Municipalities begin pulling the plug on cryptocurrency miners



Industry’s mammoth electricity demands spark energy supply troubles, and even safety concerns

Less than one job per megawatt.

That’s the eye-popping estimated energy give-and-take required for the cryptocurrency mining industry—and it’s why more municipalities are putting the brakes on the electricity-gobbling ventures every day.

In Quebec, Magog is the latest of 21 municipalities in that region that has imposed a moratorium on future cryptocurrency mining activity.

The home of the Montreal Canadiens, the 21,273-seat Bell Centre, uses five megawatts (MW) of energy a day. By contrast, two cryptocurrency mining companies that have recently set up shop in former Magog factory buildings were set to use a combined 20 MW each day.

Even in Quebec, where hydroelectricity offers some of North America’s cheapest power rates, it’s ringing alarm bells.

“Cryptocurrency mining is not a very big job creator. The analysis we have shows that cryptocurrency projects will create less than one job per megawatt,” says Hydro-Quebec spokesman Marc-Antoine Pouliot.

“That’s pretty low if you compare it with data centers, if you compare it with the aluminum industry or other huge consumers.”

As a decentralized system, cryptocurrency relies on airtight network security, and pays miners to validate legitimate transactions—and in the process, add those records to a public ledger, or blockchain. However, cryptocurrency mining requires the continuous operation of high-powered computers to validate these transactions by solving complicated math problems.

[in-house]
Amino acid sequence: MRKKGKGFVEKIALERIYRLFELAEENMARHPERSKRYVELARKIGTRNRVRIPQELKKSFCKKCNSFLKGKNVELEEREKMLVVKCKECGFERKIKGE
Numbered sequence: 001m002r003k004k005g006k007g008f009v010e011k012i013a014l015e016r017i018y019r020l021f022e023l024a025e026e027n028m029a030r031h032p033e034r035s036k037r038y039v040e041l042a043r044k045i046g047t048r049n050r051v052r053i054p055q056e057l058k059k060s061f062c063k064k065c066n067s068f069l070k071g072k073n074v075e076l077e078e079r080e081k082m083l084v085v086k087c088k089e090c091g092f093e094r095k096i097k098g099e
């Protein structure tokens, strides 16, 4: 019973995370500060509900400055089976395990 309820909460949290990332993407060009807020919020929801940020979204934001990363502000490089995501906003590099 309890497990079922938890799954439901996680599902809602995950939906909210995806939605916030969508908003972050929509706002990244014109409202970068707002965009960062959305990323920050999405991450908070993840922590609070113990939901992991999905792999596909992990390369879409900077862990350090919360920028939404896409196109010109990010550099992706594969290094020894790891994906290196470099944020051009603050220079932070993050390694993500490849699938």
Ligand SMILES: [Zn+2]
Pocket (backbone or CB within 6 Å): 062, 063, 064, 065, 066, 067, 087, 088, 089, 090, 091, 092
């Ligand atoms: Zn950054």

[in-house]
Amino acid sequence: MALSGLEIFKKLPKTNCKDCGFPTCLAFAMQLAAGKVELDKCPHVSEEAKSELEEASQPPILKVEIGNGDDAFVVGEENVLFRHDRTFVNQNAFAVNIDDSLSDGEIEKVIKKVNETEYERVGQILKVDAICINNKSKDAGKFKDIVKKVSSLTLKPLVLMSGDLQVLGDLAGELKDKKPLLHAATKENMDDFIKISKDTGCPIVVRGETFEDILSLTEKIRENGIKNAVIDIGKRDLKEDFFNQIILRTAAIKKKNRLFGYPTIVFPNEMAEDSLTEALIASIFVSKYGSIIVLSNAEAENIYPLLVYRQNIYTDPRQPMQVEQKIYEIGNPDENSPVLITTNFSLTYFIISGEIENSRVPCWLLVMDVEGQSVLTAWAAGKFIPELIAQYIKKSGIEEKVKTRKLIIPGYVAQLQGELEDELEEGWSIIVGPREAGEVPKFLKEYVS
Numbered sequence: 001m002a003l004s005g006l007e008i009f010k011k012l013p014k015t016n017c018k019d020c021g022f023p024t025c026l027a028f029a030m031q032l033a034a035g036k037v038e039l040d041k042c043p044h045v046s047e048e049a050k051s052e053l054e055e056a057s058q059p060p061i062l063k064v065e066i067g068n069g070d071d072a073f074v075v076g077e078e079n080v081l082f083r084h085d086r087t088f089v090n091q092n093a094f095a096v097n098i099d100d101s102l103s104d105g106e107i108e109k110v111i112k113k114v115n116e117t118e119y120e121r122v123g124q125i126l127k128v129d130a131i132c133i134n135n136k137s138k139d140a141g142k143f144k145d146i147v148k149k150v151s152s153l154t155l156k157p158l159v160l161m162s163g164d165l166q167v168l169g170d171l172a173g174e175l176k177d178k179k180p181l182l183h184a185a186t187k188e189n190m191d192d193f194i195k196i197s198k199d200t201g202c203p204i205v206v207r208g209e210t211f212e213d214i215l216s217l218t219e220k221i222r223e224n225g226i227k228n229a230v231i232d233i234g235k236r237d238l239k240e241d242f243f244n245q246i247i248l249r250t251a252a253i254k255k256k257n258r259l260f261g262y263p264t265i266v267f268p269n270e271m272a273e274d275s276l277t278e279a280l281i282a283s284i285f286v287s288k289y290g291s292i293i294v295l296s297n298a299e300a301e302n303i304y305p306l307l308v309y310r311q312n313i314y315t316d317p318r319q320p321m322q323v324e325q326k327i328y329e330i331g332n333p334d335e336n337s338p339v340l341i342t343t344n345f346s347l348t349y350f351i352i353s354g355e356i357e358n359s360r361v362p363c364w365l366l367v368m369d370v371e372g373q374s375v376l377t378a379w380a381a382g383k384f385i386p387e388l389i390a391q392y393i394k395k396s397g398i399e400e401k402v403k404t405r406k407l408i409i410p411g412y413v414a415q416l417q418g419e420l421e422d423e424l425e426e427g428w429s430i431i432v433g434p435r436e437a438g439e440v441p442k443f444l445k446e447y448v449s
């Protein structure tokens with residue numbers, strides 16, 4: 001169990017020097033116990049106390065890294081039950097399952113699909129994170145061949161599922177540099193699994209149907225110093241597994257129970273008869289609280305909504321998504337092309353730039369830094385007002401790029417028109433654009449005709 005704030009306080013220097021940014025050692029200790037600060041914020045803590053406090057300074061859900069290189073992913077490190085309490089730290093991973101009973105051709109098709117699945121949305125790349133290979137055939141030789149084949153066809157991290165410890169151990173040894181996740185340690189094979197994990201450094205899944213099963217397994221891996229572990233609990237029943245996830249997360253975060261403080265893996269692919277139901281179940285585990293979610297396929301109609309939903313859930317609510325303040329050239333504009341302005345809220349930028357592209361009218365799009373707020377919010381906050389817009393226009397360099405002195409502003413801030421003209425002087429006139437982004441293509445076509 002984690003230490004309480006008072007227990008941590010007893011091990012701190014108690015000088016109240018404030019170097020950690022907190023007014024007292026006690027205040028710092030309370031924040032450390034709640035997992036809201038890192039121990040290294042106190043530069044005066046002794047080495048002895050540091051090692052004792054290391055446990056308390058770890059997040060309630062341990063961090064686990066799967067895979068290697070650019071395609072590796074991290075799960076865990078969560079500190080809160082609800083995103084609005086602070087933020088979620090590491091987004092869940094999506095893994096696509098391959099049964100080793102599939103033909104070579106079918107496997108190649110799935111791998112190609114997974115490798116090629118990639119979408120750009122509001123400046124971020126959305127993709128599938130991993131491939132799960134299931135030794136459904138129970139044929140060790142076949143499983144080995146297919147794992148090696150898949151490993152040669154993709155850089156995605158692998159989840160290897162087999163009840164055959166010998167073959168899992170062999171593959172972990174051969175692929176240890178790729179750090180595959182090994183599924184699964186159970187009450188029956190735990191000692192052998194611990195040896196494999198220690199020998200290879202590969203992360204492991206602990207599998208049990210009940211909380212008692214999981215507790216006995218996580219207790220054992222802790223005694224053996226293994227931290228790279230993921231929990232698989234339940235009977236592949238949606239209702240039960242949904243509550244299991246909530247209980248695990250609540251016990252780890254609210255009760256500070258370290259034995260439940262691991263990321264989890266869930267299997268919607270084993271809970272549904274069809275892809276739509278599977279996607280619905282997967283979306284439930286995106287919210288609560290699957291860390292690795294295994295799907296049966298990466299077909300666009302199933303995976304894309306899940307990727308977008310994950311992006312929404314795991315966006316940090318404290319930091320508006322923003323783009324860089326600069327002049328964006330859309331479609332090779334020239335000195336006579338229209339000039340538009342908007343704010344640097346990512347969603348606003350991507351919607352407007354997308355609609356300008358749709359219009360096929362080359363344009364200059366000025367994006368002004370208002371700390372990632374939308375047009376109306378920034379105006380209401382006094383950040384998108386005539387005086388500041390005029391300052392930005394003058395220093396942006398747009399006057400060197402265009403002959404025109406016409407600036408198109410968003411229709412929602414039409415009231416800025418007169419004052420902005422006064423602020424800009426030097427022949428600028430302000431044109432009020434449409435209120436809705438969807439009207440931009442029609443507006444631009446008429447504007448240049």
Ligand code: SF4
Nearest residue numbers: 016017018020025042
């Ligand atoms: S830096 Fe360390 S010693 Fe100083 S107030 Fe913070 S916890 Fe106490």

In upstate New York, another spot where hydroelectricity has traditionally created cheap power rates, a surge in cryptocurrency mining activity recently forced the city of Plattsburgh to buy power on the open market—and saw residents hit with enormous energy bills.

Plattsburgh passed its own 18-month ban on cryptocurrency mines in mid-March, citing safety concerns over the amount of heat produced.

“There’s no opportunities for them (that) I know of to give back to the community in any way,” Plattsburgh councillor Dale Dowdle tells the Daily Orange. “They don’t employ many people.”

Energy utilities and regulators have mulled, and in some cases already approved, the concept of charging higher rates to crytopcurrency miners.


ENERGY MATTERS
Bitcoin is consuming enough energy to power Denmark for a year

Mining the cryptocurrency ‘consumes a ridiculous amount of energy’ estimates suggest

ENERGY MATTERS
Digitalization as transformer: Creating a truly ‘smart grid’

Digital innovation could create massive efficiencies by blurring the lines between supply and demand, says IEA


Energy Matters

In the world's conversation about energy, one point is beyond debate: Energy makes a vital contribution to people's quality of life, to society and to human progress. This is true today, and it will remain true in the future. That's why Energy Matters was created. We believe it's important to equip people with unbiased information so they may form opinions, join the conversation and feel confidence in the work and accomplishments of the energy sector. Energy Matters is an initiative that provides transparent information and perspective on energy. Here, we'll cover a range of topics: the scale of global energy; the ways energy is sourced and produced; current energy technology; forthcoming innovations; the world's future energy needs; and the sustainable sources of energy that will fill them. Because energy matters to everyone, we hope you'll rely on Energy Matters as an ongoing source of balanced information.